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On Thursday, the Trump administration took extraordinary steps to defend its unpopular policy of splitting up migrant families detained at the US border.
They resorted to citing scripture. Poorly.
First there was Jeff Sessions, in a speech delivered to civic groups in Fort Wayne. Later, when Sarah Huckabee Sanders was asked about Sessions’ remarks, she gave a more general defense, saying “It is very Biblical to enforce the law.”
It’s unusual to say the least that a high-ranking member of the federal government would offer a religious defense of public policy. Ordinarily, they’d shrug, claim to defer to religious leaders, and move on. But this being the Trump administration, nothing is ever ordinary. It’s just Thursday.
Sessions apparently felt the need to speak to religious critics because the administration’s policies have been getting creamed, across the spectrum. You wouldn’t expect liberal groups to like Trump’s approach, but even conservatives hate it. The same day Mike Pence showed up to address the Southern Baptist Convention, their annual meeting passed a resolution calling on the administration to take a more humane approach. So did at least one Catholic bishop. So did Franklin Graham, who’s been as ridiculously in-the-bag for Trump as his old man was for Nixon.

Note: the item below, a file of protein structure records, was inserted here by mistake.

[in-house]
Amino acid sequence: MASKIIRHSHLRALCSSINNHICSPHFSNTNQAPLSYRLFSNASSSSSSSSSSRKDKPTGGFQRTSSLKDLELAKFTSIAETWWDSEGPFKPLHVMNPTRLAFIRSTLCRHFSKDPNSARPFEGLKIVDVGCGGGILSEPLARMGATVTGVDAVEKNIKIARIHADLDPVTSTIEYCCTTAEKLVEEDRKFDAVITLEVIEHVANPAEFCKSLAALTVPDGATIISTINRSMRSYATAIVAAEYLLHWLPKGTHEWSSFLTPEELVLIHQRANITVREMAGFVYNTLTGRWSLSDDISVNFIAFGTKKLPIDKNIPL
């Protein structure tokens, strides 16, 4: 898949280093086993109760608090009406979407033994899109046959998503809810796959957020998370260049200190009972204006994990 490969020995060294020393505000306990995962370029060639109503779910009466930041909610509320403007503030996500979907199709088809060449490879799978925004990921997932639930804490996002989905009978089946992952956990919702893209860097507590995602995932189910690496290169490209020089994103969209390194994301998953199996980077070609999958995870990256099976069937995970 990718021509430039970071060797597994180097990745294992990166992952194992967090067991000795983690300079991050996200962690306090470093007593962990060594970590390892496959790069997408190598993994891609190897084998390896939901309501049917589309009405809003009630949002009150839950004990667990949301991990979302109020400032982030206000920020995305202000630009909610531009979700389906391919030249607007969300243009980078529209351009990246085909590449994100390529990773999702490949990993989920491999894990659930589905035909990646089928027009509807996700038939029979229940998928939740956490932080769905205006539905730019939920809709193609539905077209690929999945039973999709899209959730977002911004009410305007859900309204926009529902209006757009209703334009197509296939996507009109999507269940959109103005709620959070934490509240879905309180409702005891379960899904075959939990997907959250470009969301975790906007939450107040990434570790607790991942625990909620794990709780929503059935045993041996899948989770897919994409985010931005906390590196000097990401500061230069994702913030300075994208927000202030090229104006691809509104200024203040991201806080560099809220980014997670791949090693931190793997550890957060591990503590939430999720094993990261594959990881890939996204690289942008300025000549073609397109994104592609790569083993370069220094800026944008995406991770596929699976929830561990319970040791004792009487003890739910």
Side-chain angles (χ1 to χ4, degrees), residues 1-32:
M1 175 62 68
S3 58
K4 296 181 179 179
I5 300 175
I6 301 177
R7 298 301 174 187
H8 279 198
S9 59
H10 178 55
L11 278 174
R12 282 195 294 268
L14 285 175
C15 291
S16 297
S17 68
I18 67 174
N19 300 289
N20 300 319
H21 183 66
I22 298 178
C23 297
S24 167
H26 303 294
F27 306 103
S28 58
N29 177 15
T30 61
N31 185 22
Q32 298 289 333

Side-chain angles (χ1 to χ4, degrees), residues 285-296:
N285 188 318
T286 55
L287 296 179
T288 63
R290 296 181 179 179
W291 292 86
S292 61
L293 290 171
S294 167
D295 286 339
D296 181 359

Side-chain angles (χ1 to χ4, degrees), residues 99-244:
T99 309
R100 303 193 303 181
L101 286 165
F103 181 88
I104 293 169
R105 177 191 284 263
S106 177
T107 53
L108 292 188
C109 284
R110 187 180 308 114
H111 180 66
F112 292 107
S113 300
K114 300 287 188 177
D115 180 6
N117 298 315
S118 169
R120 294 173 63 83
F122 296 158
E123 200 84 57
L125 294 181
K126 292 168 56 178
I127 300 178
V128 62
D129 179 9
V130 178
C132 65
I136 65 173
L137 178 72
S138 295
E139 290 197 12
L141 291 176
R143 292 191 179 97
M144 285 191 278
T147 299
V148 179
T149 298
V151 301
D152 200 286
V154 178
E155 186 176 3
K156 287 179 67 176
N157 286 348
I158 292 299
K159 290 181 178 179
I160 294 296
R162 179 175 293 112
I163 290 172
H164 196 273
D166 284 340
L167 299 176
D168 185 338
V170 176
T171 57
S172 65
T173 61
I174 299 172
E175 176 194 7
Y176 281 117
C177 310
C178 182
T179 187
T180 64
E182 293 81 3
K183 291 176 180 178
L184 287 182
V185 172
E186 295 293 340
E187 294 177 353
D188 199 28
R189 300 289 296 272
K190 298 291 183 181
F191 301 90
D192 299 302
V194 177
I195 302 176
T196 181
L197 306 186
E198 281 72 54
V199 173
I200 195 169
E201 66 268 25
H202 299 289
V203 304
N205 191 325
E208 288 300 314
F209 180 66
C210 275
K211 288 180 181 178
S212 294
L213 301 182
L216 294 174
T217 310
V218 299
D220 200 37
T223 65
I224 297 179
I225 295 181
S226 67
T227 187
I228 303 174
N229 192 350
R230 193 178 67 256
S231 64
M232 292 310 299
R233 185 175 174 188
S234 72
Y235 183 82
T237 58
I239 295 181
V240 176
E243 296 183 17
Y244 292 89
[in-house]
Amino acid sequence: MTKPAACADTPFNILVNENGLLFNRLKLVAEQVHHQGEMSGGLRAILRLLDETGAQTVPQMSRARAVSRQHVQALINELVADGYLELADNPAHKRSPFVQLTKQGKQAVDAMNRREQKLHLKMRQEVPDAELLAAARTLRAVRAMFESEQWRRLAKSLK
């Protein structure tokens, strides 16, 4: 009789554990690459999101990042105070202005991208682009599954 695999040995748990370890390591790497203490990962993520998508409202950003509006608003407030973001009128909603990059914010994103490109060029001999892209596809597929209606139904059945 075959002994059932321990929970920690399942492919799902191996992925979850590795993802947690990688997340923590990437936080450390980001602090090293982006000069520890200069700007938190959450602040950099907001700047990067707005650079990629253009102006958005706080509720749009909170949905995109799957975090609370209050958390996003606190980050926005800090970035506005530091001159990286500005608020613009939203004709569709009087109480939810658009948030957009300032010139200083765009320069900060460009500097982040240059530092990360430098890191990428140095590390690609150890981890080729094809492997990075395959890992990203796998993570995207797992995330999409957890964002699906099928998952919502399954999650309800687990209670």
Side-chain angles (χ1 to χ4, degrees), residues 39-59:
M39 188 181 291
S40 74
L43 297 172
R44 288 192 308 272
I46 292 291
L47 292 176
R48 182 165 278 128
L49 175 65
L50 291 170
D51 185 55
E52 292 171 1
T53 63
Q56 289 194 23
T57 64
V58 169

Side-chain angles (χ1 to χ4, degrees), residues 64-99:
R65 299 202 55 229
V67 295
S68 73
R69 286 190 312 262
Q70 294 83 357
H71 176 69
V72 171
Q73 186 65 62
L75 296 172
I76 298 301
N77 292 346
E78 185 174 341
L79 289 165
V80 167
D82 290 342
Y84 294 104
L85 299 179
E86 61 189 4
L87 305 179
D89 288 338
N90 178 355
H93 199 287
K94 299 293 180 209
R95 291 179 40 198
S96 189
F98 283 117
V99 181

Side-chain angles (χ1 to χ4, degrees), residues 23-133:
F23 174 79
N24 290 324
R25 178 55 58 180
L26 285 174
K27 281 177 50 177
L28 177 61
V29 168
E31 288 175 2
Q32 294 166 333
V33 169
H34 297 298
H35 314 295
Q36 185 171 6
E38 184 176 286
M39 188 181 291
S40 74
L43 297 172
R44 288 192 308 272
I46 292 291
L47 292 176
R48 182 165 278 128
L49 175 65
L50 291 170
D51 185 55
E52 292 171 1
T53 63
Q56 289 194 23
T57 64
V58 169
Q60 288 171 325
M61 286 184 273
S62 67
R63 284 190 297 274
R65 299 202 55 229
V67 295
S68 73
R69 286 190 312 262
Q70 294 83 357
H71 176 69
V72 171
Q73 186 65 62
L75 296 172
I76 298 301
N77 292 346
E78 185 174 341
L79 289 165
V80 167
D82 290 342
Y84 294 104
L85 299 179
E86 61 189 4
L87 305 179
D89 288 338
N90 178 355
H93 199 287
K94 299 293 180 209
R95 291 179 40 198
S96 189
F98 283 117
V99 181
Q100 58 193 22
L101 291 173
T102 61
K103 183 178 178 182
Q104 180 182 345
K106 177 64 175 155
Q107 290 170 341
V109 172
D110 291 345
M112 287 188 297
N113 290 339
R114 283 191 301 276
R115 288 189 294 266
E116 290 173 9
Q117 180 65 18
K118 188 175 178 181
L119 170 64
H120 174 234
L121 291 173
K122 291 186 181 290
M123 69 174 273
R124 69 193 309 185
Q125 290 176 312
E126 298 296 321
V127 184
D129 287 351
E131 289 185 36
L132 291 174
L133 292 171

No doubt sensing that the administration’s religious allies were slipping away on this issue, Sessions cited Romans 13:1:
Let every person be subject to the governing authorities; for there is no authority except from God, and those authorities that exist have been instituted by God.
“Obey the laws of the government because God has ordained them for the purpose of order,” said Sessions. “Orderly and lawful processes are good in themselves and protect the weak and lawful.”
If this passage seems familiar, it might be that you learned it in American history: it was one of slave owners’ go-to scriptures in defense of their own authority. (“Am I surprised that Jefferson Beauregard Sessions went right to [this scripture]?” quipped Charlie Pierce. “No.”)
Having laid out the facts of the matter, let us now move into the sermon portion of the proceedings.
As if the unsavory history of the use of Paul’s writing wasn’t enough to discredit Sessions’ argument, his complete misinterpretation of it should have been. The setting of the passage is an extended argument about how the churches in Rome ought to get along with one another and with civil authorities who were implacably hostile to their cause. Be good to one another, Paul argues, because you’ll need the strength of a good community. As for the autorities:
Pay to all what is due to them—taxes to whom taxes are due, revenue to whom revenue is due, respect to whom respect is due, honor to whom honor is due.
Meaning, even if Rome is wildly oppressive, you still have to meet your ordinary civil obligations. “Don’t follow leaders, but watch your parking meters,” to paraphrase Dylan. This is as much about keeping out of unnecessary trouble as it is proper subjugation without questioning authority.
But notice the formula here: Christians should meet those obligations to whom they are due. There’s nothing to suggest that Christians should obey the law uncritically, or that they should write the government a blank check. Quite the opposite, in fact: